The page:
Ann Moore: The Fasting Woman of Tutbury

Oct 18, 2022 0 comments

Ann Moore was in her late 40s when she became famous as the ‘fasting woman’ of Tutbury. She claimed that she had not eaten any solid food for five years and had not drunk any liquid for nearly four years. She also testified that had she no desire for either food or drink. Moore’s story appeared in many newspapers around England and in books and medical journals. Her house in the village of Tutbury in Staffordshire became a site of pilgrimage, attracting immense numbers of visitors who came to see the miracle with their own eyes.

Ann Moore: The Fasting Woman of Tutbury

Ann Moore. Photo: Wikimedia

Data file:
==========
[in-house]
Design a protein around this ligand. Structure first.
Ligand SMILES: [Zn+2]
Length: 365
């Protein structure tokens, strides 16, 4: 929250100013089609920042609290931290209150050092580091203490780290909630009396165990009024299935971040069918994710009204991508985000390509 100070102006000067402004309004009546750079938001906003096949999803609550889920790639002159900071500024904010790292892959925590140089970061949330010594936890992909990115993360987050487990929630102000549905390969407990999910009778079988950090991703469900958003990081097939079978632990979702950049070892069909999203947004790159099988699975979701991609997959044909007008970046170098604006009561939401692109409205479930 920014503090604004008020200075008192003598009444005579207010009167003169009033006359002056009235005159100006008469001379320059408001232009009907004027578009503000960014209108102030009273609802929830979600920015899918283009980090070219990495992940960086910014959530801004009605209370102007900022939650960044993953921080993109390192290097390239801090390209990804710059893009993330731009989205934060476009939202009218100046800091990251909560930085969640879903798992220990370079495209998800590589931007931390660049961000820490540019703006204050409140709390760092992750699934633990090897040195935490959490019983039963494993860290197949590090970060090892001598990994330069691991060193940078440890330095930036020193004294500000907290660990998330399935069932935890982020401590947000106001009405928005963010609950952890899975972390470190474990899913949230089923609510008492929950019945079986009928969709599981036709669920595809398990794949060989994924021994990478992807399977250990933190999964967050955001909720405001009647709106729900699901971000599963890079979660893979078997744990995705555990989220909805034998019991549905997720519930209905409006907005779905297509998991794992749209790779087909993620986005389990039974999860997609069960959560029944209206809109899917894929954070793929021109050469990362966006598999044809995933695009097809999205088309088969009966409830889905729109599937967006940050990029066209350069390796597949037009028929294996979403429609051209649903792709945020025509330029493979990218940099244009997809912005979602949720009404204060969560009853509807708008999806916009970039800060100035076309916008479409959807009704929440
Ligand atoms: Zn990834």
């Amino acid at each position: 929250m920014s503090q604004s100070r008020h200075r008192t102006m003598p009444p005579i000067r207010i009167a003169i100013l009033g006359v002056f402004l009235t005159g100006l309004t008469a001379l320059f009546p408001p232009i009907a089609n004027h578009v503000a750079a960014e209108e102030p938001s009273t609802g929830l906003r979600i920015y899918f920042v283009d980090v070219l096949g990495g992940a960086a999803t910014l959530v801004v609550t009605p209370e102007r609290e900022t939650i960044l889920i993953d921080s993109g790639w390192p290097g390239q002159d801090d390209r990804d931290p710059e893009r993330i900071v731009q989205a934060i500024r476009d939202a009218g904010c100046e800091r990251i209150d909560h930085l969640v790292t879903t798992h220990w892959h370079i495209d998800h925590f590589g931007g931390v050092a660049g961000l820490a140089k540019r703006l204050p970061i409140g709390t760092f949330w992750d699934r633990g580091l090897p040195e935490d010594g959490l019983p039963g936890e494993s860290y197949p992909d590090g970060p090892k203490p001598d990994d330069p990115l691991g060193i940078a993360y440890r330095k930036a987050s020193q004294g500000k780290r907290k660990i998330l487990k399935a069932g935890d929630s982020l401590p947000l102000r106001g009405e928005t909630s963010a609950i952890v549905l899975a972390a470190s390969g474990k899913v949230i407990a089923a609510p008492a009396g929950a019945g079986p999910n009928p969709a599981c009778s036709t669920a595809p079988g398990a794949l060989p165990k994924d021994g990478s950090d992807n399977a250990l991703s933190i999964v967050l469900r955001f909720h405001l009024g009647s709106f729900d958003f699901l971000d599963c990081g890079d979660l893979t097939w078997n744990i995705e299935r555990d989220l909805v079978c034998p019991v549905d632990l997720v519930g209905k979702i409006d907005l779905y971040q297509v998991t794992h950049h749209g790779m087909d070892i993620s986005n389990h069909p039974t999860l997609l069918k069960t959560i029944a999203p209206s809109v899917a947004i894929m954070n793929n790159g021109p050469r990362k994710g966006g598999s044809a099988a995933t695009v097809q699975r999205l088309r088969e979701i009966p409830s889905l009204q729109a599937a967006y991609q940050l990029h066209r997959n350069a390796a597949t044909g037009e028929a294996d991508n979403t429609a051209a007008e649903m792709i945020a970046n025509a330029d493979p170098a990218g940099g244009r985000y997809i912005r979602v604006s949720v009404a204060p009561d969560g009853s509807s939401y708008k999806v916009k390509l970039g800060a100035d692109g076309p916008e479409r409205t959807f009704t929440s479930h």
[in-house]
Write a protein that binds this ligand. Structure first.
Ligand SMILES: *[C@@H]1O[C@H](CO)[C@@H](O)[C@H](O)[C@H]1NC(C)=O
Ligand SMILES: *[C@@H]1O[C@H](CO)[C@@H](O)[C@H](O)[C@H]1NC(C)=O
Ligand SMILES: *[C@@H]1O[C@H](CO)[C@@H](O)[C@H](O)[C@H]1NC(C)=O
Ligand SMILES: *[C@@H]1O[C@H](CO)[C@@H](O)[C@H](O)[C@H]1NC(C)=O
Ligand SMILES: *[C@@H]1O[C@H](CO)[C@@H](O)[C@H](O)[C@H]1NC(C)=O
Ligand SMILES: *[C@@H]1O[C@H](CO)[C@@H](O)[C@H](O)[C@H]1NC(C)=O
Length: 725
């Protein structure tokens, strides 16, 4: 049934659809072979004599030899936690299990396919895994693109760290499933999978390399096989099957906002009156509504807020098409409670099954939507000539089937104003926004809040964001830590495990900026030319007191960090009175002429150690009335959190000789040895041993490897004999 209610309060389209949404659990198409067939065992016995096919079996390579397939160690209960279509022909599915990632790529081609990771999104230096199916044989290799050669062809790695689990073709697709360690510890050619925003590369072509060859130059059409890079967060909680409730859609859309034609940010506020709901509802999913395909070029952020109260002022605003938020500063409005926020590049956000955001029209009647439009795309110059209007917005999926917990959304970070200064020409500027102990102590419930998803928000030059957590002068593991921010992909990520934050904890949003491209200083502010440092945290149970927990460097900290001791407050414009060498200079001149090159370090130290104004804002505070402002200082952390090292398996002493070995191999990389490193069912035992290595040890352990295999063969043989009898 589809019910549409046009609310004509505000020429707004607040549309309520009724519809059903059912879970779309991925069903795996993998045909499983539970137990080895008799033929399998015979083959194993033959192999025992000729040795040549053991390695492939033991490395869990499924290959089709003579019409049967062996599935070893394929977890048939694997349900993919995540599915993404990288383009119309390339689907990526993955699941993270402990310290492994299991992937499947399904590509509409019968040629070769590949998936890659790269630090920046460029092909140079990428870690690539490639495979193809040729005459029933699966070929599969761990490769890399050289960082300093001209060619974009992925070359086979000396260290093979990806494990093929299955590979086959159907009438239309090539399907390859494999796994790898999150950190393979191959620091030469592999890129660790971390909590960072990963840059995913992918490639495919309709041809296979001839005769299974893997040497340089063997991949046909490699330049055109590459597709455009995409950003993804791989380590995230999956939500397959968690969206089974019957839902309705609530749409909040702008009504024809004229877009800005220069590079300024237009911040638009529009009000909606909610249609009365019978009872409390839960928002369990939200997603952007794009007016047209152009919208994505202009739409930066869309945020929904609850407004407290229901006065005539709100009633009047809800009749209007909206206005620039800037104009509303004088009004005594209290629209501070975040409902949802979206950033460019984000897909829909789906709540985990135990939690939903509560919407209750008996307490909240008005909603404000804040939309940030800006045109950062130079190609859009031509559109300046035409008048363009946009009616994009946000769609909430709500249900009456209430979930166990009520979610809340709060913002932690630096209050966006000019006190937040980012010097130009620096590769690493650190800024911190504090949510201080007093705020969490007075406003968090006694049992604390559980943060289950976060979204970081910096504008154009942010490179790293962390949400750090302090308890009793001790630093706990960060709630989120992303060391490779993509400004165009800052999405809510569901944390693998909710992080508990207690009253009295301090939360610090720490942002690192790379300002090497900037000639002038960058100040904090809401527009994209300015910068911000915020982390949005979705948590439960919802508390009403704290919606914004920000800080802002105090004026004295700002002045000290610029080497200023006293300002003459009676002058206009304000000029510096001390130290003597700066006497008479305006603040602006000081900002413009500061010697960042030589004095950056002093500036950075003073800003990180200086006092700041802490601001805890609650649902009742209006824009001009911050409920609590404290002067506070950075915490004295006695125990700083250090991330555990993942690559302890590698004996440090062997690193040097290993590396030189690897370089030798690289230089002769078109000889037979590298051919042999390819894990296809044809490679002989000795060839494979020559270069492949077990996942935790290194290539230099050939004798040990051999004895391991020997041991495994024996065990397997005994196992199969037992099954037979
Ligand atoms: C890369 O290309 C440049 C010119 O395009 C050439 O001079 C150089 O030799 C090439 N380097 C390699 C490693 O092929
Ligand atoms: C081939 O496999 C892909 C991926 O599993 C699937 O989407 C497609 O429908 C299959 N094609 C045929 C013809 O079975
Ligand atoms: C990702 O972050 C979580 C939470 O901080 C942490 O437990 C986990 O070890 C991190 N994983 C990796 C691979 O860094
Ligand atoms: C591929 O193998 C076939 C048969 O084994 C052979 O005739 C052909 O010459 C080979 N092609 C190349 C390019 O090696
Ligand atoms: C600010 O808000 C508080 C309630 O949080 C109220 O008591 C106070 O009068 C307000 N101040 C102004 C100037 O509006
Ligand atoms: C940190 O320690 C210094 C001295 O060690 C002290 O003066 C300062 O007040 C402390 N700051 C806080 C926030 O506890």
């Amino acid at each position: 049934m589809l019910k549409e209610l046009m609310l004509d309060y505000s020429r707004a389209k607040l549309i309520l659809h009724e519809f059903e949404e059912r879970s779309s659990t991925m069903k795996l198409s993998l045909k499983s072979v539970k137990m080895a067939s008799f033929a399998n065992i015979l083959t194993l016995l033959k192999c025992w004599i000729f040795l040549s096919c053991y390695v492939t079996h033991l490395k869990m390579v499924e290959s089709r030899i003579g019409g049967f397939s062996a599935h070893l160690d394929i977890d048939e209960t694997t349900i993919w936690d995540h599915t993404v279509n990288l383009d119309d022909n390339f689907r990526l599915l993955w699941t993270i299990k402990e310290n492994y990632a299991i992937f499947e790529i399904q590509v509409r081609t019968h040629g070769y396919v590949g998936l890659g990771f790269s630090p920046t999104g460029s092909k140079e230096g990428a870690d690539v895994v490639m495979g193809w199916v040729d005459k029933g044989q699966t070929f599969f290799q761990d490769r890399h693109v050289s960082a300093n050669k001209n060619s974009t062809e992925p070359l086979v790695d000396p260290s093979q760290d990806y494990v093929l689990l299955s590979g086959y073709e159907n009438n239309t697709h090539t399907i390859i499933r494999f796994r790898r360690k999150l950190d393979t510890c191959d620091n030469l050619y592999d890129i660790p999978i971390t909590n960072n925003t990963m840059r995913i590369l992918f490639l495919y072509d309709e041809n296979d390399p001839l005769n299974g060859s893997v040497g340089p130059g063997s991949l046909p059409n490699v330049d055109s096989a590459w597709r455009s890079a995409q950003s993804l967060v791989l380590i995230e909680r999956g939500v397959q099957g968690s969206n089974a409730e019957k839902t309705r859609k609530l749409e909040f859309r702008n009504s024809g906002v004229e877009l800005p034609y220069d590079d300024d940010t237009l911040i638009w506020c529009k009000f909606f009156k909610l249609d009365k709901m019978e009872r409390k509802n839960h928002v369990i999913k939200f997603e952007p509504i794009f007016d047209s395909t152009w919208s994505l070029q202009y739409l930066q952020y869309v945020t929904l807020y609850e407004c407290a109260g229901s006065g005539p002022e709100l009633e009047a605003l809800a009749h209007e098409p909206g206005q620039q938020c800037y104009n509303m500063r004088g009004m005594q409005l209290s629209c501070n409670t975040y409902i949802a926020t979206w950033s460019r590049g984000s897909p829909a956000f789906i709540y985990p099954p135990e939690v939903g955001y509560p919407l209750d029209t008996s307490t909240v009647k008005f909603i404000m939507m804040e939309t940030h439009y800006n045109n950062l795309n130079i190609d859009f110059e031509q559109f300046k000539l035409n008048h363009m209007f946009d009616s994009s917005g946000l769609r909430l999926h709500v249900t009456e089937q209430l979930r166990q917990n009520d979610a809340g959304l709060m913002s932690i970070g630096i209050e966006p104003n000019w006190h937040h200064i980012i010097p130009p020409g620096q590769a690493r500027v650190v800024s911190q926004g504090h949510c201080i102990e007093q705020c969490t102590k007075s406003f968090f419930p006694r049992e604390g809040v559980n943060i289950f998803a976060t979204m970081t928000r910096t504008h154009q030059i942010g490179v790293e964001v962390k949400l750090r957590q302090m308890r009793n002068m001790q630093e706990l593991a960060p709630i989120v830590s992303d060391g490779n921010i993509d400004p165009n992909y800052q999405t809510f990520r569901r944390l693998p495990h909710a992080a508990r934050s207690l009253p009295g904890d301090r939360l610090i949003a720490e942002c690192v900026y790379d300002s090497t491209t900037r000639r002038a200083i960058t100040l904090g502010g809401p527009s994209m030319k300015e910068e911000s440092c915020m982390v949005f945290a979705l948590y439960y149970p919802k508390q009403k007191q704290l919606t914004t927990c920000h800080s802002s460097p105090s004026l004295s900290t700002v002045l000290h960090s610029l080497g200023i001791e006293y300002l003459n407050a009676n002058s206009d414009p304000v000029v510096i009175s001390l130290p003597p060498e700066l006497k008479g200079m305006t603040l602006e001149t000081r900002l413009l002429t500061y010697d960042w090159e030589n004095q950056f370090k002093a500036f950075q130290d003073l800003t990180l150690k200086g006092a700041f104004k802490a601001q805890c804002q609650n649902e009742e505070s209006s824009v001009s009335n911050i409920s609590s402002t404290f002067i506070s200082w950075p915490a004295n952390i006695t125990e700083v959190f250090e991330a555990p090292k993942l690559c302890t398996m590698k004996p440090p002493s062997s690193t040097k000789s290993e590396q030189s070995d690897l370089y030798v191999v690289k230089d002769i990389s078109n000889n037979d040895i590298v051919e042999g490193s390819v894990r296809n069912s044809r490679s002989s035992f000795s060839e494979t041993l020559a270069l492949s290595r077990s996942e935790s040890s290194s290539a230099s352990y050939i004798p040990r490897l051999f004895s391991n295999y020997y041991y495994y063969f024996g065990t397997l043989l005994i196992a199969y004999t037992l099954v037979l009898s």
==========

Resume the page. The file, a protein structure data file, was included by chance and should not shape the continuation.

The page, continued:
Ann Moore was born in Rosliston, Derbyshire, in 1761. Her father was a day labourer and her mother was a midwife. In 1788, when Moore was 27, she tricked a farm servant name James Moore into marrying her by falsely claiming that she was pregnant with his child. When Mr. Moore discovered the deception, he deserted her soon after the marriage. After the separation, Ann went to work as a housekeeper for a widowed farmer in Aston, near Tutbury, where she had two illegitimate children by her employer. Around 1800, Ann left Aston and made her way to Tutbury where she found employment as a cotton beater. At one point, she was so poor that she was forced to survive on the minimum amount of food necessary to support a human being.